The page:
Date of Award

9-1977

Degree Type

Thesis

Degree Name

Doctor of Philosophy (PhD)

Department

Sociology

Supervisor

Peter C. Pineo

Language

English

Abstract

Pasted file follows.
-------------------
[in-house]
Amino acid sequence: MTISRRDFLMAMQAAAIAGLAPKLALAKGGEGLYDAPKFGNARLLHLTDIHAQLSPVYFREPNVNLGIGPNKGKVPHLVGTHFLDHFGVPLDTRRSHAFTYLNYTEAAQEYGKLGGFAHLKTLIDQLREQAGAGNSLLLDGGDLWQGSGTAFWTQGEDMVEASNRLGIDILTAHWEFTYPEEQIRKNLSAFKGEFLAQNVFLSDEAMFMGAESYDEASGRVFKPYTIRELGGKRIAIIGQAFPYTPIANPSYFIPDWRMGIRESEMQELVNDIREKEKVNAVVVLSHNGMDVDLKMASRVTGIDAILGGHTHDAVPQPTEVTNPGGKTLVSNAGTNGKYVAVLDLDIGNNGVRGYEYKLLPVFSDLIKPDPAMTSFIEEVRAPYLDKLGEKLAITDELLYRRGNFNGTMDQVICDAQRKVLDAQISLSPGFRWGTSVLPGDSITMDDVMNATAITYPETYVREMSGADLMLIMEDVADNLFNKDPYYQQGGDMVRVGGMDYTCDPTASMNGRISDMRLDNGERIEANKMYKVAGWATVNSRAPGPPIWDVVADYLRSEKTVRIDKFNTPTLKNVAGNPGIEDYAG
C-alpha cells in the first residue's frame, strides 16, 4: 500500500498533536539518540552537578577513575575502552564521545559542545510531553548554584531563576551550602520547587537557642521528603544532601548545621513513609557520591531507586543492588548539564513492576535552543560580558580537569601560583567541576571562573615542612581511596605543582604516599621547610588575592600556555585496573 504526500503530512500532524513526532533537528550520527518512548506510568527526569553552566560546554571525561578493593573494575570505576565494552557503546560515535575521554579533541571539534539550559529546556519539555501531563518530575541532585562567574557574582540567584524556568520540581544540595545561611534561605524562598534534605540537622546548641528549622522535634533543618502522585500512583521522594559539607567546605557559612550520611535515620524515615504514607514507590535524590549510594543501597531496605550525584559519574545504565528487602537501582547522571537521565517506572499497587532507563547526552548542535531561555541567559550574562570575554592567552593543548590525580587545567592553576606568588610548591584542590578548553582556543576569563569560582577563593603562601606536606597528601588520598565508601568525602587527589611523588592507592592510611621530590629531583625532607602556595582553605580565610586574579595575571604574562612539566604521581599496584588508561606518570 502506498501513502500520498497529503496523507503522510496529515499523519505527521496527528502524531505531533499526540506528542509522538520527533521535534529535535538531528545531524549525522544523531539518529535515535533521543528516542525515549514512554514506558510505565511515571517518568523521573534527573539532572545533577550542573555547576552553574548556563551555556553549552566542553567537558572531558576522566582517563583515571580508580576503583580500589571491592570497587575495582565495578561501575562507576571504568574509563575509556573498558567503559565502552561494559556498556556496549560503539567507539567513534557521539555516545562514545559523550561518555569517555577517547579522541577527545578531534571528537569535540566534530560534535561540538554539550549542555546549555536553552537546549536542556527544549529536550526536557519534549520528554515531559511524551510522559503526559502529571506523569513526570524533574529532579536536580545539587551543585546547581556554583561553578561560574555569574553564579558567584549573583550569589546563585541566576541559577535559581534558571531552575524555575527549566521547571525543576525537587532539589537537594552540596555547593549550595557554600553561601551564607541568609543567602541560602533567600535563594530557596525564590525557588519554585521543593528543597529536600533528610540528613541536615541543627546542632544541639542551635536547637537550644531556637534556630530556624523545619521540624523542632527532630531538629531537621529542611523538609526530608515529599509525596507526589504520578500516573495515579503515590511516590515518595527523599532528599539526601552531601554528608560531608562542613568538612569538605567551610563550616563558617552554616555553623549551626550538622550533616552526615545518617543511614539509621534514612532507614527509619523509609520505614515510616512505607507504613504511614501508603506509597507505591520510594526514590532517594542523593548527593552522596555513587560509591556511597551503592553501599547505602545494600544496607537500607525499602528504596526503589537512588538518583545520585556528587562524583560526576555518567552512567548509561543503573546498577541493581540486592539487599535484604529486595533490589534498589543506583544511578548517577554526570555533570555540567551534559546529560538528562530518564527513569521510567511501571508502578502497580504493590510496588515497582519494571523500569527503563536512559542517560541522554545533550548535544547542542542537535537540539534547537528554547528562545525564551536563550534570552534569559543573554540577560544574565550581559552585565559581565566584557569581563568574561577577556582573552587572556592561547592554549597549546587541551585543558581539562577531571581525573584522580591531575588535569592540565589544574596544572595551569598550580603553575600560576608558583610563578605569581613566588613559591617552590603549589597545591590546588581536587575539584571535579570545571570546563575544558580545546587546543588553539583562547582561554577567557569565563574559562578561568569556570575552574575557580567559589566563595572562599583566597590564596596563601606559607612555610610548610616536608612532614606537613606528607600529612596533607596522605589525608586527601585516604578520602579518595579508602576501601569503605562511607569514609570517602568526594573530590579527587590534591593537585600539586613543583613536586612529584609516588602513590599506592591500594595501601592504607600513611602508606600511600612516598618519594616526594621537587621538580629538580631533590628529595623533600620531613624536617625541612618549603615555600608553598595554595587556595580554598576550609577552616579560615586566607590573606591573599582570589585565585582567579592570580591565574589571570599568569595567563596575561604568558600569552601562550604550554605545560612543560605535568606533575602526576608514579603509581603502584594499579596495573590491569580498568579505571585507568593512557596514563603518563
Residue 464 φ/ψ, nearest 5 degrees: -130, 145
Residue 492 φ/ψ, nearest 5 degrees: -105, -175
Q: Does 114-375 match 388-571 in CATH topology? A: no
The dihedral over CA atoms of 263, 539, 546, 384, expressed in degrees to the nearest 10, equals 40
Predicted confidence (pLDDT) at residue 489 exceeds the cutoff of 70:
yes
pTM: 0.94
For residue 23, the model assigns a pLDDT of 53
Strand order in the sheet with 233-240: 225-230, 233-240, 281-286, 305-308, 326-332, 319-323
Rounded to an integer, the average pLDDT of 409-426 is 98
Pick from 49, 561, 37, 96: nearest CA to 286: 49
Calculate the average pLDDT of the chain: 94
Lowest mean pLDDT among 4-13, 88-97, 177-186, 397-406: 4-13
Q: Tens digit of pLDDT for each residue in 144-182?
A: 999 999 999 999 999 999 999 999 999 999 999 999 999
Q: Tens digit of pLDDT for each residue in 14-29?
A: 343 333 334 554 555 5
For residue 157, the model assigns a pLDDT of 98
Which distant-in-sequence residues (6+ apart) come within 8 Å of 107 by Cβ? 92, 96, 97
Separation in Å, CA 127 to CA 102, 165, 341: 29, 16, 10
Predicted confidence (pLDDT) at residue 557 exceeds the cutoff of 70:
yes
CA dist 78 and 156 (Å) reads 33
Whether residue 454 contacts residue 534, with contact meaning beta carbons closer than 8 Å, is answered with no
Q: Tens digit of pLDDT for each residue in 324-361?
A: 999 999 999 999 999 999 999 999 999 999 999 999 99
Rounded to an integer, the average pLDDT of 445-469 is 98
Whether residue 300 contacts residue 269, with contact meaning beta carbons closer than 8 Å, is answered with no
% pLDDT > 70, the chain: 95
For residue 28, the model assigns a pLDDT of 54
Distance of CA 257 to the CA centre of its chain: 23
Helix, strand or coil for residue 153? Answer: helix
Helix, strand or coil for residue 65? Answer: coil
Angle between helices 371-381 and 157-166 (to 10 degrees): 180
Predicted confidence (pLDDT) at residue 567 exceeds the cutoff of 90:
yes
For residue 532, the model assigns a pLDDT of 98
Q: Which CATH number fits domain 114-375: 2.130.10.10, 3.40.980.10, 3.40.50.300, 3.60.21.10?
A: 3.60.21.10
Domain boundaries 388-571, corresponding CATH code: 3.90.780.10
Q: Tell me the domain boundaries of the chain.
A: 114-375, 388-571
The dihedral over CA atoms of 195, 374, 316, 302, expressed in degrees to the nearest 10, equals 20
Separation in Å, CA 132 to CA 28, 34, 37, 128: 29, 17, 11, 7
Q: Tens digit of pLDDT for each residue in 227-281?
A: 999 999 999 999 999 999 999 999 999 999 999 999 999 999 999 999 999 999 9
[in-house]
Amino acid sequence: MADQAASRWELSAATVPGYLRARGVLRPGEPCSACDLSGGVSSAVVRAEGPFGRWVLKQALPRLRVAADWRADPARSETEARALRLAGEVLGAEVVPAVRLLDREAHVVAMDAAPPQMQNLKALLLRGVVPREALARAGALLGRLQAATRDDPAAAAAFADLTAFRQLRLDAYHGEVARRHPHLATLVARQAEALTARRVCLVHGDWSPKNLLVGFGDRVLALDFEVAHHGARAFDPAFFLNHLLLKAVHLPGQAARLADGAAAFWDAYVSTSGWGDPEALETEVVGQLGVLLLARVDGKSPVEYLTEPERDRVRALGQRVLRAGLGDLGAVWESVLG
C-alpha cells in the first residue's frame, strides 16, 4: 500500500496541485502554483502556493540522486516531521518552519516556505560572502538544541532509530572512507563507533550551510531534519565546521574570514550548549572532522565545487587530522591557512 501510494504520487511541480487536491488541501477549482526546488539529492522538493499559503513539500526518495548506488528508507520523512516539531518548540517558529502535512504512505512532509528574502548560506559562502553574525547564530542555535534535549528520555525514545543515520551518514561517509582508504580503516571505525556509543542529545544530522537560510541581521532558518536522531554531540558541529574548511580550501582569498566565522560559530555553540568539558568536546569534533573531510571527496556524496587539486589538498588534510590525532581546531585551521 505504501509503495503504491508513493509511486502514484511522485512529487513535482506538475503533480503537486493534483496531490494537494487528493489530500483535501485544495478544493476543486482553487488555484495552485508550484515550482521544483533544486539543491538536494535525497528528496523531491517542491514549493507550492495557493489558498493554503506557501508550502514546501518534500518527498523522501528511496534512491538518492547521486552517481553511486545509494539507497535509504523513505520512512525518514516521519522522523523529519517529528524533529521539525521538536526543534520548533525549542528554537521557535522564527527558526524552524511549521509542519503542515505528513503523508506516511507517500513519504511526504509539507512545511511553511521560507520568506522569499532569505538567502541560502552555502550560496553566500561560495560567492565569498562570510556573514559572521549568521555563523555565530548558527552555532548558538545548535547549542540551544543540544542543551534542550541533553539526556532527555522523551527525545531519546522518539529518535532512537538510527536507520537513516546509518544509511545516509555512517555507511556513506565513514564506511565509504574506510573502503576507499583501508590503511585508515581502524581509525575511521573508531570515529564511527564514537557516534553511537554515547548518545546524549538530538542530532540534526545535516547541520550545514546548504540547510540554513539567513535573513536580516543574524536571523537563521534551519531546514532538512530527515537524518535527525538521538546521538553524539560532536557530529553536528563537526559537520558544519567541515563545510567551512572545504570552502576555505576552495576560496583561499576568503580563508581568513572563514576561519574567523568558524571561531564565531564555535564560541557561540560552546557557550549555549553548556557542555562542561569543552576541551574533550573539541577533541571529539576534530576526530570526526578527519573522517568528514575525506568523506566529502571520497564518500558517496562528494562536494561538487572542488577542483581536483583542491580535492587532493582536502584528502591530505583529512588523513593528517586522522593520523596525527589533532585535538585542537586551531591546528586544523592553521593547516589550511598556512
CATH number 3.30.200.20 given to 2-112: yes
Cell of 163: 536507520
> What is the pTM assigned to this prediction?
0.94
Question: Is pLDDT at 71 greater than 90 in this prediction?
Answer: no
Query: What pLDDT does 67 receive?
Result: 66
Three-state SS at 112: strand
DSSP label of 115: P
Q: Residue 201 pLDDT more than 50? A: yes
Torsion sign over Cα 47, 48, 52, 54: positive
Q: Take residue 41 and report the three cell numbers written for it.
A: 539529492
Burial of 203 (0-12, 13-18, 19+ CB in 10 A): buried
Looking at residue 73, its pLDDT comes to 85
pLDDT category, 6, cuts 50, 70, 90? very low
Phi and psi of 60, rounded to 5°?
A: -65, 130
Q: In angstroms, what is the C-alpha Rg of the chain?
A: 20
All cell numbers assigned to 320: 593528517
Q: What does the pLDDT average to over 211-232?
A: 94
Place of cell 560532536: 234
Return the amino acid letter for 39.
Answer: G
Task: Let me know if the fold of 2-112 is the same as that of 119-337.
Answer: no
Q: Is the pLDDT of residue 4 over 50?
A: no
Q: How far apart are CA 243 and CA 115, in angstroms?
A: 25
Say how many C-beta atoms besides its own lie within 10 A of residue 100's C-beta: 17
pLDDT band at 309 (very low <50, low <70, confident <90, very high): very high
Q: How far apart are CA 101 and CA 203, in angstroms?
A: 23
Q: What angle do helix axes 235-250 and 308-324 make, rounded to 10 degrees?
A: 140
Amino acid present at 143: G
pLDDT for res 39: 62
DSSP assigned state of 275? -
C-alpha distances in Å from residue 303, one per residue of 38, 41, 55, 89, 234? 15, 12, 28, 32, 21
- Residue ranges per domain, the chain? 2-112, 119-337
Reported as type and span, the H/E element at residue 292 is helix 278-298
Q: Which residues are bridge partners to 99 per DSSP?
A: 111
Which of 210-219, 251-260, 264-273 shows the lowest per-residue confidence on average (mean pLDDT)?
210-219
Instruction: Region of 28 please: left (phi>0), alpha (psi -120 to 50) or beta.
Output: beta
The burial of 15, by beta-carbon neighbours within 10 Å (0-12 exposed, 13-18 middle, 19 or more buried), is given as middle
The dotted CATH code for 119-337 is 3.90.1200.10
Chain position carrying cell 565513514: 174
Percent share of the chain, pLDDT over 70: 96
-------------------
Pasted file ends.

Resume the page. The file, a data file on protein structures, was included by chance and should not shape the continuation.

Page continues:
The purpose of this research is to gain some insight into the mechanisms by which social status is transmitted from one generation to the next. The particular focus is on the impact of value elements in this process. The work builds on the research done by M. Kohn and associates on the relationship between class and values. A socialization model is posited, with the cultural transmission of values hypothesized as a key link in the transmission of social status. Data were collected from 400 teenagers and their parents in the Hamilton area. Interviews were conducted with the teens and questionnaires were used to collect information from the parents. Questions focused on factors influencing the teenager's occupational choice, the parents' occupational experience, and the values and attitudes held by the various respondents. An analysis of the data revealed the socialization model to be only partially relevant to status inheritance. The rates of value inheritance varied depending on the values considered. The causal ordering of the variables was ambiguous and there was some indication of the impact of allocation as opposed to socialization factors. There was evidence of feedback from the teen to parent in terms of the value elements considered. This analysis provides a clarification of the role of socialization factors, particularly certain value elements, in status inheritance. It suggests areas in which a socialization model could most fruitfully be supplemented with the inclusion of allocation factors.

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